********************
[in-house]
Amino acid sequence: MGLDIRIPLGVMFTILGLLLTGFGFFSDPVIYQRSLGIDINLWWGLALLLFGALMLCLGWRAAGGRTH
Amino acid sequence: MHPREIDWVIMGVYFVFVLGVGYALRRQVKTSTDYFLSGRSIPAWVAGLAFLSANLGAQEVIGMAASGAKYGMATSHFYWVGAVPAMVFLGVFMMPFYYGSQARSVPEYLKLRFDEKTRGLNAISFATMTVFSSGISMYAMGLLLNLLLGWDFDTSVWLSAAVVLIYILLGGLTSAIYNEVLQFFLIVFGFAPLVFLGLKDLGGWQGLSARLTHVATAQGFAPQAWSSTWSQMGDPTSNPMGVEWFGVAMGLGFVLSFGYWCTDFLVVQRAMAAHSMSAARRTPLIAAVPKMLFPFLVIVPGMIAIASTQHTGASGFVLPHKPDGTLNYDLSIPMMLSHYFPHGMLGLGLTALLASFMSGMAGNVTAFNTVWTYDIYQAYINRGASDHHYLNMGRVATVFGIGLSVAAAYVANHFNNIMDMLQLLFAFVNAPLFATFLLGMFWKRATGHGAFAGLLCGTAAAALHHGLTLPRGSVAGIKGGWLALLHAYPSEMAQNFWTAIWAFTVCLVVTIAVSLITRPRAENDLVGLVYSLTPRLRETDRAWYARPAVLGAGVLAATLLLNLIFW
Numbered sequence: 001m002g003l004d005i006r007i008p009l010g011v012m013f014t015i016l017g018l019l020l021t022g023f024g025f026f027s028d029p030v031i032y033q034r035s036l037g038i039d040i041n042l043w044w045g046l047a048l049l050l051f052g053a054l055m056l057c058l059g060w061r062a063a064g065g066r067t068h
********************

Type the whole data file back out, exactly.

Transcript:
[in-house]
Amino acid sequence: MGLDIRIPLGVMFTILGLLLTGFGFFSDPVIYQRSLGIDINLWWGLALLLFGALMLCLGWRAAGGRTH
Amino acid sequence: MHPREIDWVIMGVYFVFVLGVGYALRRQVKTSTDYFLSGRSIPAWVAGLAFLSANLGAQEVIGMAASGAKYGMATSHFYWVGAVPAMVFLGVFMMPFYYGSQARSVPEYLKLRFDEKTRGLNAISFATMTVFSSGISMYAMGLLLNLLLGWDFDTSVWLSAAVVLIYILLGGLTSAIYNEVLQFFLIVFGFAPLVFLGLKDLGGWQGLSARLTHVATAQGFAPQAWSSTWSQMGDPTSNPMGVEWFGVAMGLGFVLSFGYWCTDFLVVQRAMAAHSMSAARRTPLIAAVPKMLFPFLVIVPGMIAIASTQHTGASGFVLPHKPDGTLNYDLSIPMMLSHYFPHGMLGLGLTALLASFMSGMAGNVTAFNTVWTYDIYQAYINRGASDHHYLNMGRVATVFGIGLSVAAAYVANHFNNIMDMLQLLFAFVNAPLFATFLLGMFWKRATGHGAFAGLLCGTAAAALHHGLTLPRGSVAGIKGGWLALLHAYPSEMAQNFWTAIWAFTVCLVVTIAVSLITRPRAENDLVGLVYSLTPRLRETDRAWYARPAVLGAGVLAATLLLNLIFW
Numbered sequence: 001m002g003l004d005i006r007i008p009l010g011v012m013f014t015i016l017g018l019l020l021t022g023f024g025f026f027s028d029p030v031i032y033q034r035s036l037g038i039d040i041n042l043w044w045g046l047a048l049l050l051f052g053a054l055m056l057c058l059g060w061r062a063a064g065g066r067t068h